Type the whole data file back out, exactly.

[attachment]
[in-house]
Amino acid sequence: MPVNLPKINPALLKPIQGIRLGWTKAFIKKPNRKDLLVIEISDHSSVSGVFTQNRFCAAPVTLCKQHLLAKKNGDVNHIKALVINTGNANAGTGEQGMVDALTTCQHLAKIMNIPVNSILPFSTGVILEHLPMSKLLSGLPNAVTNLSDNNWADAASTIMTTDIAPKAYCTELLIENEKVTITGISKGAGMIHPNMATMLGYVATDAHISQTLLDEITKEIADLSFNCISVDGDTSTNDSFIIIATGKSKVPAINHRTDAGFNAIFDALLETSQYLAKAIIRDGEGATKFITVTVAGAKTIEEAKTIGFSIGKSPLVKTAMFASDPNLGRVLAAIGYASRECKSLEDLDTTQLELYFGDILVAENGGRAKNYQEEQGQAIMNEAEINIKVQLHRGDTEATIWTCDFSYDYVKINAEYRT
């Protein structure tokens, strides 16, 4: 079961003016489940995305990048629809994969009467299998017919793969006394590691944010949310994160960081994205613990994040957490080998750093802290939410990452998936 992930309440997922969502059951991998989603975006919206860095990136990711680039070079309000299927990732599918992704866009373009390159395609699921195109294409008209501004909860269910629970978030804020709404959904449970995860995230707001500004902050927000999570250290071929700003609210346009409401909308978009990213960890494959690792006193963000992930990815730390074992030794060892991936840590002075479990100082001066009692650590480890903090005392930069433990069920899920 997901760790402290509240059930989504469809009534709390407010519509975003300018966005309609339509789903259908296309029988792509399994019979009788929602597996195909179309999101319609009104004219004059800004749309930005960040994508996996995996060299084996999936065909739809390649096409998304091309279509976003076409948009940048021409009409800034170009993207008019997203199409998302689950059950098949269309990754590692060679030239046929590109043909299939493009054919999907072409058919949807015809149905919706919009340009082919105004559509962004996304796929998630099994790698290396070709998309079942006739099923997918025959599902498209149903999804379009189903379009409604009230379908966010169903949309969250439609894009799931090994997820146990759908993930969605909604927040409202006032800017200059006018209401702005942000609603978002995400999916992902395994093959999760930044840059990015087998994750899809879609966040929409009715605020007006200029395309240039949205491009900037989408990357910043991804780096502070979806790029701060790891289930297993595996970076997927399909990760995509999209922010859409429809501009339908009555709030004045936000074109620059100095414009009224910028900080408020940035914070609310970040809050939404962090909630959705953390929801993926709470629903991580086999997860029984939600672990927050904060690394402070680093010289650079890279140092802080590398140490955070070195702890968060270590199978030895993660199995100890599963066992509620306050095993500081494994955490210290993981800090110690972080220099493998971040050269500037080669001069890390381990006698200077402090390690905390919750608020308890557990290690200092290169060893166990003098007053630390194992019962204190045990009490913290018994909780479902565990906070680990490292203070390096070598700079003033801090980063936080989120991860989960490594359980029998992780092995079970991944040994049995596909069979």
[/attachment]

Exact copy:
[in-house]
Amino acid sequence: MPVNLPKINPALLKPIQGIRLGWTKAFIKKPNRKDLLVIEISDHSSVSGVFTQNRFCAAPVTLCKQHLLAKKNGDVNHIKALVINTGNANAGTGEQGMVDALTTCQHLAKIMNIPVNSILPFSTGVILEHLPMSKLLSGLPNAVTNLSDNNWADAASTIMTTDIAPKAYCTELLIENEKVTITGISKGAGMIHPNMATMLGYVATDAHISQTLLDEITKEIADLSFNCISVDGDTSTNDSFIIIATGKSKVPAINHRTDAGFNAIFDALLETSQYLAKAIIRDGEGATKFITVTVAGAKTIEEAKTIGFSIGKSPLVKTAMFASDPNLGRVLAAIGYASRECKSLEDLDTTQLELYFGDILVAENGGRAKNYQEEQGQAIMNEAEINIKVQLHRGDTEATIWTCDFSYDYVKINAEYRT
């Protein structure tokens, strides 16, 4: 079961003016489940995305990048629809994969009467299998017919793969006394590691944010949310994160960081994205613990994040957490080998750093802290939410990452998936 992930309440997922969502059951991998989603975006919206860095990136990711680039070079309000299927990732599918992704866009373009390159395609699921195109294409008209501004909860269910629970978030804020709404959904449970995860995230707001500004902050927000999570250290071929700003609210346009409401909308978009990213960890494959690792006193963000992930990815730390074992030794060892991936840590002075479990100082001066009692650590480890903090005392930069433990069920899920 997901760790402290509240059930989504469809009534709390407010519509975003300018966005309609339509789903259908296309029988792509399994019979009788929602597996195909179309999101319609009104004219004059800004749309930005960040994508996996995996060299084996999936065909739809390649096409998304091309279509976003076409948009940048021409009409800034170009993207008019997203199409998302689950059950098949269309990754590692060679030239046929590109043909299939493009054919999907072409058919949807015809149905919706919009340009082919105004559509962004996304796929998630099994790698290396070709998309079942006739099923997918025959599902498209149903999804379009189903379009409604009230379908966010169903949309969250439609894009799931090994997820146990759908993930969605909604927040409202006032800017200059006018209401702005942000609603978002995400999916992902395994093959999760930044840059990015087998994750899809879609966040929409009715605020007006200029395309240039949205491009900037989408990357910043991804780096502070979806790029701060790891289930297993595996970076997927399909990760995509999209922010859409429809501009339908009555709030004045936000074109620059100095414009009224910028900080408020940035914070609310970040809050939404962090909630959705953390929801993926709470629903991580086999997860029984939600672990927050904060690394402070680093010289650079890279140092802080590398140490955070070195702890968060270590199978030895993660199995100890599963066992509620306050095993500081494994955490210290993981800090110690972080220099493998971040050269500037080669001069890390381990006698200077402090390690905390919750608020308890557990290690200092290169060893166990003098007053630390194992019962204190045990009490913290018994909780479902565990906070680990490292203070390096070598700079003033801090980063936080989120991860989960490594359980029998992780092995079970991944040994049995596909069979």